I have one A6 Black and Red notebook that lives in my right combat trouser pocket with an Ikea pencil for day to day notifications that then get looked up (if it's a fact or what not) or written into my diary. My diary is a rather large and ungainly, but very useful, red notebook that is just smaller than A4 that lives next to my bed. In this I write up the week sunday to saturday, with a colomn to the right for things to this week, and one at the bottom of the page for ongoing items. There is also an A5 brown notebook for taking extensive notes in at various work type things that then get made into diary dates, typed up notes and work schedules.

At some point I'm going to chalkboard paint my wall so that I can write up reminders of short term things, and probably make posters for longer term stuff.

Also, there is a very small set of shelves next to my bedroom door at eye height for unloading my pockets when I come home - wallet, keys, tobacco, iPod etc, and a money box for loose change. I find this helps a lot.

If I don't do this then things just don't get done and I find it very difficult to keep on top of anything. It's all a bit anal, but I like it.

I have yet to work out a system for keeping my room for becoming a pit of messy despair though...

sanabituranima said...

I am definitely gonna try some of these things. I don't actually know if I'm autistic (I'm awaiting an assessment, but leaning towards "no") but I do have other brain stuff going on that makes adulting very hard.

K Wombles said...

This is a tremendously helpful post! Thank you.

usethebrains godgiveyou said...

What do you mean, you don't grok time?? (Kidding, love the reference. We are ALL strangers in a strange land.)

I must be highly visual; if I don't see it, it doesn't get done. I think that's why there are so may piles around the house. I never used lists until I was 50 years old. It is truly amazing, the difference.

Surene Henderson said...

I ended up in tears when I read this because you have offered solutions to things I struggle with on a daily basis. I have struggled my entire adult life with getting stressed about not remembering things when I leave the apartment. I also hate going to the grocery store and spending what feels like endless hours there because I cannot remember what I need at home. I am now making the list for my door and implementing your other suggestions for groceries. Thanks so much for posting this!

Surene Henderson said...

I ended up in tears when I read this because you have offered solutions to things I struggle with on a daily basis. I have struggled my entire adult life with getting stressed about not remembering things when I leave the apartment. I also hate going to the grocery store and spending what feels like endless hours there because I cannot remember what I need at home. I am now making the list for my door and implementing your other suggestions for groceries. Thanks so much for posting this!

Shell said...

I love this whole idea and system so much! My ADHD brain has never been able to wrap itself around paper planners. Until I read this post it hadn't clicked with me why that was. It's because I am a visual thinker, so 'out of sight, out of mind' is exactly the problem! I see a trip to the craft store for velcro in my immediate future. :)

quarksandquirks said...

Thank you for what is the first system that might actually work for my older son. He's, ahem, organizationally challenged, and paper and electronic systems just don't work for him. We'll be going over this together to see if he thinks it might help.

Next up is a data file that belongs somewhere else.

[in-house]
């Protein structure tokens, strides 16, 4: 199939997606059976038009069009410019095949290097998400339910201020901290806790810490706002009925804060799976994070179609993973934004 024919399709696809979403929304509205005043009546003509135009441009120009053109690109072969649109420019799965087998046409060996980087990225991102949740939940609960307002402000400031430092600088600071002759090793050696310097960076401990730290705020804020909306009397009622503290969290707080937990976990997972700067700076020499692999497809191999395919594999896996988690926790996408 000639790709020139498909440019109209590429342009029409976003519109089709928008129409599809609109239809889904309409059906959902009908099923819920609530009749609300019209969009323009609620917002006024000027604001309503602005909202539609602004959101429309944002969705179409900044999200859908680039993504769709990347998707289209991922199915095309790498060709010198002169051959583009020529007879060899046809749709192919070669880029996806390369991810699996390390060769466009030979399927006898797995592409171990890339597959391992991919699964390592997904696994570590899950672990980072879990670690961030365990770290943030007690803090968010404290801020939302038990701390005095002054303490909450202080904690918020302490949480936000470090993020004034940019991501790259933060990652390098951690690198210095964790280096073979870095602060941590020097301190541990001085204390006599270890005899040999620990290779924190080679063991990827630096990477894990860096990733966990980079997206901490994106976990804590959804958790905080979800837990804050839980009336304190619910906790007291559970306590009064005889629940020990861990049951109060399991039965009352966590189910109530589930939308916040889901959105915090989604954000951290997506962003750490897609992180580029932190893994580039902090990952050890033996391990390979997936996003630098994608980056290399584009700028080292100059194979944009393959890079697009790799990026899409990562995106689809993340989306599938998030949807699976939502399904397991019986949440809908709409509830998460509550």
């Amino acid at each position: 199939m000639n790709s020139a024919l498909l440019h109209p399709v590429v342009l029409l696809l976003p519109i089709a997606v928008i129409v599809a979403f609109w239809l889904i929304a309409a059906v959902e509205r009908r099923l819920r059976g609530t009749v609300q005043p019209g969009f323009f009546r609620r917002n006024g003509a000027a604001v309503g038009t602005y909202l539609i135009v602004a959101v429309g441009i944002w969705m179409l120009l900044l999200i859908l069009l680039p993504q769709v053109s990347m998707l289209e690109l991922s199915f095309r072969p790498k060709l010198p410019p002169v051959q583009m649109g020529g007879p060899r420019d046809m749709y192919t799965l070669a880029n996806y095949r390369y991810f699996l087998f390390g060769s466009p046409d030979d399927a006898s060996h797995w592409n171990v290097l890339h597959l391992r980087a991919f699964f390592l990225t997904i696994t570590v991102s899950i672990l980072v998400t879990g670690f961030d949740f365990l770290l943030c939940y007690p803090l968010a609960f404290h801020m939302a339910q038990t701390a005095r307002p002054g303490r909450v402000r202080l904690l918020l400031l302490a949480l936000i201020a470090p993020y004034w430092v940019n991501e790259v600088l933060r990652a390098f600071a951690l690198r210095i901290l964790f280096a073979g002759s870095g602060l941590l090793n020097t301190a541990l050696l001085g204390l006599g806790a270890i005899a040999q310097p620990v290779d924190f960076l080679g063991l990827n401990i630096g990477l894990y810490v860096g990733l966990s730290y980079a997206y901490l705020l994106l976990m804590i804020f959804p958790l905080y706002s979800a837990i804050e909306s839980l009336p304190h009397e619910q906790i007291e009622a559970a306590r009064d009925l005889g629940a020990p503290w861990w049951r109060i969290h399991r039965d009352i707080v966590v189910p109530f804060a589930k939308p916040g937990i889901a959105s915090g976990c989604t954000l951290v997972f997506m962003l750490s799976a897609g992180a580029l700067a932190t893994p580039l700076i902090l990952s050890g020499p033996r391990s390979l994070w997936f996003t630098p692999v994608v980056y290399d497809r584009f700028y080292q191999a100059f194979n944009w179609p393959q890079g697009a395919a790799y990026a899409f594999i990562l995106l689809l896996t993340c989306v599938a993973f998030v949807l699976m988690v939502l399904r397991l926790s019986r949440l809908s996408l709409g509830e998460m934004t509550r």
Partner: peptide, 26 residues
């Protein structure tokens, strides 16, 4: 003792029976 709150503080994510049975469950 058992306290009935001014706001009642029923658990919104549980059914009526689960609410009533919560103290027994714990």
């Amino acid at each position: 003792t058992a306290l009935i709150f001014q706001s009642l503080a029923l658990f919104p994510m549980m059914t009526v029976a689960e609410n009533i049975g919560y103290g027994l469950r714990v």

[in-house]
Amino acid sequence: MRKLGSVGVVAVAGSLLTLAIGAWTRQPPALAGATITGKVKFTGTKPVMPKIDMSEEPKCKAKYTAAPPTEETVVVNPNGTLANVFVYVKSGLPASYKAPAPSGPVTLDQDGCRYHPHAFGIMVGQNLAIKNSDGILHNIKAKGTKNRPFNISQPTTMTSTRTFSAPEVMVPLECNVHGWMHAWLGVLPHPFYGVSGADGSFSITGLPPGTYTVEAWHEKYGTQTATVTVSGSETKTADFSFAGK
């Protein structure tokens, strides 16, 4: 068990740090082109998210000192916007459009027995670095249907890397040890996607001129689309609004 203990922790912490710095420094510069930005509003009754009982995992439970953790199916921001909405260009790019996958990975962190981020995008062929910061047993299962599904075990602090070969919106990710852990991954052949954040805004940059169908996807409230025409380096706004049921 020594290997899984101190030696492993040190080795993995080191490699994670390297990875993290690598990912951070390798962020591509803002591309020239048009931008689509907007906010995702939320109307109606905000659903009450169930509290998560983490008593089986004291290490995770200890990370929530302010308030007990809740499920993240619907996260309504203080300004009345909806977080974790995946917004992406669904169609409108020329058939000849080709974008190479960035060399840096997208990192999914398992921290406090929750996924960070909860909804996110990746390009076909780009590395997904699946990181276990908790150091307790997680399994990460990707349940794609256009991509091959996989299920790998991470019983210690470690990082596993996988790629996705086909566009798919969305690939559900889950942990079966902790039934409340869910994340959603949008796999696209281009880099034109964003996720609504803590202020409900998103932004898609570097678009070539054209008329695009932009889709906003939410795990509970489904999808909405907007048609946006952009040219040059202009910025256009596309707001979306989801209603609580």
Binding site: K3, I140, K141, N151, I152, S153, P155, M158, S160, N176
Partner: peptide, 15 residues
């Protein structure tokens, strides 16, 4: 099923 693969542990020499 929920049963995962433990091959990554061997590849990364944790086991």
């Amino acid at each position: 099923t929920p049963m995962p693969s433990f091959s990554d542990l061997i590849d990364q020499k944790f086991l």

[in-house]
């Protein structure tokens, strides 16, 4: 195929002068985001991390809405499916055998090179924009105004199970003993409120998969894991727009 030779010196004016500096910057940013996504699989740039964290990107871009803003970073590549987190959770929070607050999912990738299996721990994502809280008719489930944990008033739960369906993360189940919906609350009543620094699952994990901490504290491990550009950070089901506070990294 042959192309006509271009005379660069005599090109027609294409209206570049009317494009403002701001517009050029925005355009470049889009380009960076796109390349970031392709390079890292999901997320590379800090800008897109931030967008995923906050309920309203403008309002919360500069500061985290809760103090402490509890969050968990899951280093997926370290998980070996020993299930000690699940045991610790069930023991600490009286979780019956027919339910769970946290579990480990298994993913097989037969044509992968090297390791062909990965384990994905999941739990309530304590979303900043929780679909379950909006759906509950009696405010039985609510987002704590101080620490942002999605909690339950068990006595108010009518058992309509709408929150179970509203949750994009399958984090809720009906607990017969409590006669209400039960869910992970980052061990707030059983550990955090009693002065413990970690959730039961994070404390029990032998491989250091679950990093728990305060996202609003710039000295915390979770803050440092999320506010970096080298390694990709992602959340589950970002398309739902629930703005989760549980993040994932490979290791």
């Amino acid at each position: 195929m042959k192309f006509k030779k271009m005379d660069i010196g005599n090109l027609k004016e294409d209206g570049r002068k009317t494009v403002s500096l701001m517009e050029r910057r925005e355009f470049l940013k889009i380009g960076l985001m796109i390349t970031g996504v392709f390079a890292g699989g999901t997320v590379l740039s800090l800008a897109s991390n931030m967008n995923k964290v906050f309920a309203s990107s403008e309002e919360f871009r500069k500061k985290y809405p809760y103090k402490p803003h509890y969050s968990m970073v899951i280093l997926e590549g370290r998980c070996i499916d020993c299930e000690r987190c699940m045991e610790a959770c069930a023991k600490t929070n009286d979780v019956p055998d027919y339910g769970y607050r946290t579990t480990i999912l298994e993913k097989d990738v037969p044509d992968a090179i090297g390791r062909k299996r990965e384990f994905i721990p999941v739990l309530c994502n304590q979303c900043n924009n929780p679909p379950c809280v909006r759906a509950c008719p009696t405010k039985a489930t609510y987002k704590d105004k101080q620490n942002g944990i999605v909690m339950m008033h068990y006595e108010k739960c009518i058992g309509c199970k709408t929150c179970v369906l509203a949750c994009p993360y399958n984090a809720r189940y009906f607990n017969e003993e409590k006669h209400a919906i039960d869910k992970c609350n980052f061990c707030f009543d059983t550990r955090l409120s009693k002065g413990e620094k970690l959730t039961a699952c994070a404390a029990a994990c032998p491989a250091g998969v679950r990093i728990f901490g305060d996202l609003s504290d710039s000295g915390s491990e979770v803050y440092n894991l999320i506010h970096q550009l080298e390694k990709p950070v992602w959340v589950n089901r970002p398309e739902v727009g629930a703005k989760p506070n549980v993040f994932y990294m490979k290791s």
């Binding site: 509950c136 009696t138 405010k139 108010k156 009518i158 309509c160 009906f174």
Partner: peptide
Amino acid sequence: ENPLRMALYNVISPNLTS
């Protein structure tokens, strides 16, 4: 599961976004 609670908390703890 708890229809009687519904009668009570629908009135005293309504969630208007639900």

All of us could benefit from your communication preference chart. That's brilliant! With one kid on the spectrum, one with ADD, and all of us with sensory issues and big introversion, I'm always looking for new ideas to help all of us do our personal best. Your system and explanation are phenomenal.

Thanks!

Simon Peacock said...

Wonderful post. I have ADHD, and love the idea of the board for recurring tasks. http://MungosADHD.com

Carol said...

Not only do I love these ideas for myself and my children, but seeing "grok" used in a sentence (for the first time in years) made my day! Thanks for sharing!

Stimey said...

This is brilliant. Really, really brilliant. I have tried so many organizational systems and haven't been really successful at any of them. Currently, I have a million tiny note cards with to do lists on my desk, which is not really all that effective.

I loved this post so much that I managed to get through the whole thing. I love your words; I love what you write, but it is really painful for me to read white on black. But I squinted through to the end on this one. :)

Jannalou said...

I honestly love it, it's like my system only on the wall instead of in a day planner. (Mine doesn't have all of these things, of course, and it does have some things yours doesn't.)

Brenda Rothman (Mama Be Good) said...

This. Is. Genius. I need all of this. Do you get visually overwhelmed by your abode? Lists, clutter, decorations, art?

roxyhead said...

I think I'm going to have to do the list thing in my new apt. as I'm not going to have a roommate to help keep track of everything - with 2 people, the chances of something tripping someone's "too disgusting to live with" switch and getting done at least approximated a normal slob's schedule. But if I can't see it, like you, it's not there, so I'm gonna get me some Velcro! Out of the house, I carry a ginormous purse, so good on that front, mostly...

roxyhead said...

Oh, and have you ever considered going into business as a consultant? Organization is big business, these days! ;)

chaoticmum said...

I just found your blog today and I'm so glad I did. My son is probably still a bit too young for some of these, but I definitely need all of that!
Brilliant, thank you so much for sharing!

Utter Randomness said...

Awesome! I use post-it notes for some things, but I hadn't thought of making a system like yours. Adulting is tough. I don't know why I can remember thousands of little factoids, but I can't remember to eat three times a day...